Richardson v. Dir., Fed. Bureau of Prisons, No. 15-2876 (3d Cir. 2016)Annotate this Case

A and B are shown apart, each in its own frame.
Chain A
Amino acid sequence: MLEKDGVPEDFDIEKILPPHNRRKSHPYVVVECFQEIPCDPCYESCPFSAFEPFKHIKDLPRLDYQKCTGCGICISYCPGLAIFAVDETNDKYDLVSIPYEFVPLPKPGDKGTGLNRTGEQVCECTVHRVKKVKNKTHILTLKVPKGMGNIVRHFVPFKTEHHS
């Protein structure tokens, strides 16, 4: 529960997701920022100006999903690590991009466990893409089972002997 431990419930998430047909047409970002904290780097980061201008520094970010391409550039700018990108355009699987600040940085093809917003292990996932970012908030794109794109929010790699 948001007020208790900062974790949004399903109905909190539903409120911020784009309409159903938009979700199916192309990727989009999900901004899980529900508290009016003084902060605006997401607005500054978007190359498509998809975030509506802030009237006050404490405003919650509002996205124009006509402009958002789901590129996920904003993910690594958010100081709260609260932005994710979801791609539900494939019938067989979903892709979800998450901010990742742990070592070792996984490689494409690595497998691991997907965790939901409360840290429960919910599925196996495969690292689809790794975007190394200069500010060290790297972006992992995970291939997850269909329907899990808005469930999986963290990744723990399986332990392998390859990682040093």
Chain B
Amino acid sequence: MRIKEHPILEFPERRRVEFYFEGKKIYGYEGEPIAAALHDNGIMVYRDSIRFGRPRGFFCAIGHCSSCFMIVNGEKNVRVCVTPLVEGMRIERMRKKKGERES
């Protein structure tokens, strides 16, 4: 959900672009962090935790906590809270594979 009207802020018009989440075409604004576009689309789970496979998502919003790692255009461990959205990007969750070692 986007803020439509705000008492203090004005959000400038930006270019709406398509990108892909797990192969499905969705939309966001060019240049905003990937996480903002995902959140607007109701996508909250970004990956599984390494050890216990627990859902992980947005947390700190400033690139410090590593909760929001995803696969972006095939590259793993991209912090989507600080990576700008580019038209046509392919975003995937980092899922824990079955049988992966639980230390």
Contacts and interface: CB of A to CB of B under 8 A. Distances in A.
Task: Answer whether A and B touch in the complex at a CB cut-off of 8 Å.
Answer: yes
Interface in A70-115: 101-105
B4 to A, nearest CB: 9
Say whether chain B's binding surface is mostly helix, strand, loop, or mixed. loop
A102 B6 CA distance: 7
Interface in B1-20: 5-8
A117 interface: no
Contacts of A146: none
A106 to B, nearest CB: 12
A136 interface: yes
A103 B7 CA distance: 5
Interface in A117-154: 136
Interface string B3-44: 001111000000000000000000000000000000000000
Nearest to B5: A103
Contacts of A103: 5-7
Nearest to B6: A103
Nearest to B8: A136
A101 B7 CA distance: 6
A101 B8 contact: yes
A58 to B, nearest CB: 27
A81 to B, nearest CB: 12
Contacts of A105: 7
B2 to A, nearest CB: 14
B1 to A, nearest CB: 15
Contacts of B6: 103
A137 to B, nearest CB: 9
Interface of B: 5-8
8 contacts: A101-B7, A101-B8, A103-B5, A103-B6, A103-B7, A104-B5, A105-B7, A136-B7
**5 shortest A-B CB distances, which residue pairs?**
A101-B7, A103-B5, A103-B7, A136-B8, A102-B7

Richardson was placed in Lewisburg Penitentiary's Special Management Unit (SMU) program, intended for inmates with histories of violence and individuals who “participated in or had leadership roles in geographical groups/gang related activity." In a purported class action, seeking damages and injunctive relief for “[a]ll persons who are currently or will be imprisoned in the SMU program at USP Lewisburg,” Richardson alleged that through a “pattern, practice or policy,” officials at USP Lewisburg frequently placed inmates with hostile cellmates, unnecessarily increasing the risk of violence and that if an inmate refused to accept a hostile cellmate, he would be placed in painful restraints. Richardson claims that he was subjected to this policy. The district court found Richardson’s class definition “untenable because it [wa]s not objectively, reasonably ascertainable.” Meanwhile, Richardson was transferred out of USP Lewisburg. The Third Circuit remanded, holding that Richardson’s class claims are not moot. When individual claims for relief are acutely susceptible to mootness, a would-be class representative may, in some circumstances, continue to seek certification after losing his personal stake in the case. Richardson may continue to seek class certification based on the Third Circuit’s intervening 2015 holding, in Shelton v. Bledsoe, that ascertainability is not required for Rule 23(b)(2) classes.